THE UNITED STATES IS NOT a horrible place to live for most people. But it can be for people who have committed crimes in the past. Last year, an anonymous poster on the website Quora wrote about his difficulty finding jobs in the United States, and his dilemma as to whether or not he should leave the country to seek employment.

“I ruined my life at an early age. I committed and was convicted of two separate non-violent offenses (embezzlement and forgery of a financial document). It’s been 8 years since I’ve last been in trouble, and I’ve turned my life around.

The poster has received his GED, as well as an Bachelor’s, and he’s in the process of getting a Masters in Information Technology. But now, whenever he seeks employment, background checks turn up the felony, and he is rejected. Housing has even been difficult to come by.

“I made horrible choices, and I will regret those choices for the rest of my life, but I am not a bad person. Foolish? Perhaps, but not an evil person. It’s incredibly frustrating. How can I ever move on when I am not given a fair chance to integrate into society and become a productive member?

“I feel that moving to another country would allow me to get a fair chance at life. A part of me wants to see it through here in the states and hope I get one chance to prove myself. The other part of me knows I will not be given a chance and that I should move while I’m still semi-young.”

The responses are pretty incredible. There seems to be a general consensus that the United States is particularly unforgiving when it comes to forgiving reformed criminals. Commenter Alan Cohen said, “Some felonies just don’t matter, others are damning. Forgery and embezzlement are the types of crimes that quite frankly, will limit your employment forever.”

The question of course arises: Don’t we want our felons to reassimilate? Isn’t the ideal end goal of the criminal justice system that if criminals serve their time, they can be redeemed in the eyes of society? Commenter Jeff Lee noted, “American business culture has (mistakenly) adopted a ‘no-felony record will be considered’ at many companies, again, because they can in this market, and any way to reduce a risk is almost always chosen.”

Many commenters pointed out (somewhat erroneously) that it’s difficult for felons to get passports. This turns out to only be partially true: felons can get passports depending on the crime they committed, and with some restrictions. Some countries, however, will not grant visas to people with criminal records.

That said, another (also Anonymous) commenter had been in a similar situation, except he had been convicted in the United Kingdom:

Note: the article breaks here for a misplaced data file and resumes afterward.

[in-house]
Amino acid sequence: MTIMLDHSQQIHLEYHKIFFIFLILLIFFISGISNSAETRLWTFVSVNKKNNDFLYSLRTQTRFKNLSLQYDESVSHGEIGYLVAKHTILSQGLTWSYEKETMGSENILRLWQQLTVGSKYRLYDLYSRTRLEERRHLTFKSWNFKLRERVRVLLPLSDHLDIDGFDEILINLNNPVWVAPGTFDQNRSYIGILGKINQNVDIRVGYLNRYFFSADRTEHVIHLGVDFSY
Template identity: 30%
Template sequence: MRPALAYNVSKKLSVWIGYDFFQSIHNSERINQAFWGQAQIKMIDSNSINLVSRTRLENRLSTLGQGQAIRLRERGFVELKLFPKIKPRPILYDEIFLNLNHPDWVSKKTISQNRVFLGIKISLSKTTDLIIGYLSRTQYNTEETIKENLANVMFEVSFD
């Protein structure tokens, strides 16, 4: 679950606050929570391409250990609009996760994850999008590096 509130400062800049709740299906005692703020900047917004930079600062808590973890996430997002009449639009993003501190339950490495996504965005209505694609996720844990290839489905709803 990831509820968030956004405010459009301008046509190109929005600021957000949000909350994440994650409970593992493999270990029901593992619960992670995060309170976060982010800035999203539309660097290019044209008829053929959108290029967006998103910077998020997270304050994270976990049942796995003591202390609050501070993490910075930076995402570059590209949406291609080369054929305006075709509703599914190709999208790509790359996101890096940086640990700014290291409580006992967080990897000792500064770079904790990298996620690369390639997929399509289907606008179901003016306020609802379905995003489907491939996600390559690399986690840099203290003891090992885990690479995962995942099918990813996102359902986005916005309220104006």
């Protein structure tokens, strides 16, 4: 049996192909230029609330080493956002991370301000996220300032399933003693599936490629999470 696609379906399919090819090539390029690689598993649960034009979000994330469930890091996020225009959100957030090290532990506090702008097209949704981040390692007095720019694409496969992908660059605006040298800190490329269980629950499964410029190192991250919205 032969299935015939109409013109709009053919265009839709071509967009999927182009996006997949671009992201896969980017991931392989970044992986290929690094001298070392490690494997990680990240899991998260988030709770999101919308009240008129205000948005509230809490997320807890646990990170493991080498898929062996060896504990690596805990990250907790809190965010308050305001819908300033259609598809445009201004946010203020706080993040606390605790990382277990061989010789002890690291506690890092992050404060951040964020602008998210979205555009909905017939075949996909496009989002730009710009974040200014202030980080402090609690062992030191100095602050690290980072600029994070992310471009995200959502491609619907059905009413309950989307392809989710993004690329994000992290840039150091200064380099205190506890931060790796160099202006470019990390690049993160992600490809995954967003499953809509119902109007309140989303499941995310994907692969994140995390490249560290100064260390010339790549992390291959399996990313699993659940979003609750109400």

“I have travelled and worked extensively around the world living in Spain, Belarus, Argentina, Colombia, Chile, Honduras, Thailand and the US. The only place I’ve ever travelled to which has presented a problem with my criminal record is the US.  It’s the only place I’ve been that asks you about it, and in my case, had I been honest about it, would have required me to go through a full visa process for every single trip to the USA for the rest of my life.”

The United States’ inability to forgive seems particularly ridiculous considering that 1 in 40 U.S. voting age adults has a felony conviction, and it seems particularly irrational that we are not giving people who have turned their lives around a chance to redeem themselves, which is why so many commenters suggested that the poster leave the country.

The best response was from Thomas Clarke, who wrote:

Leave the country. Reboot your life.  I’ve been living in Thailand for 3 years now and getting outside the bubble of US culture has been an incredibly eye-opening experience. Home of the free is an illusion. I love the US, but until you get outside of it you don’t understand freedom…

…Get out, gain some perspective, bootstrap a new life someplace drastically cheaper. There are shit tons of western expats all over SE Asia doing this everyday. Geo-arbitrage, earn in dollars from anywhere, spend in drastically lower cost of living country, in local currency. You’re young, and you’ll always be a US citizen and you can return as often as you like.

There were, of course, many other commenters who remarked on the difficulty of building a life abroad, from minding local regulations to getting passports, renewing visas, or dealing with INTERPOL in the terrorism age. But the fear to leave the country and start anew seems to be the most irrational response for a young man who is trying to get his life back on track.

You can read the entire thread at Quora

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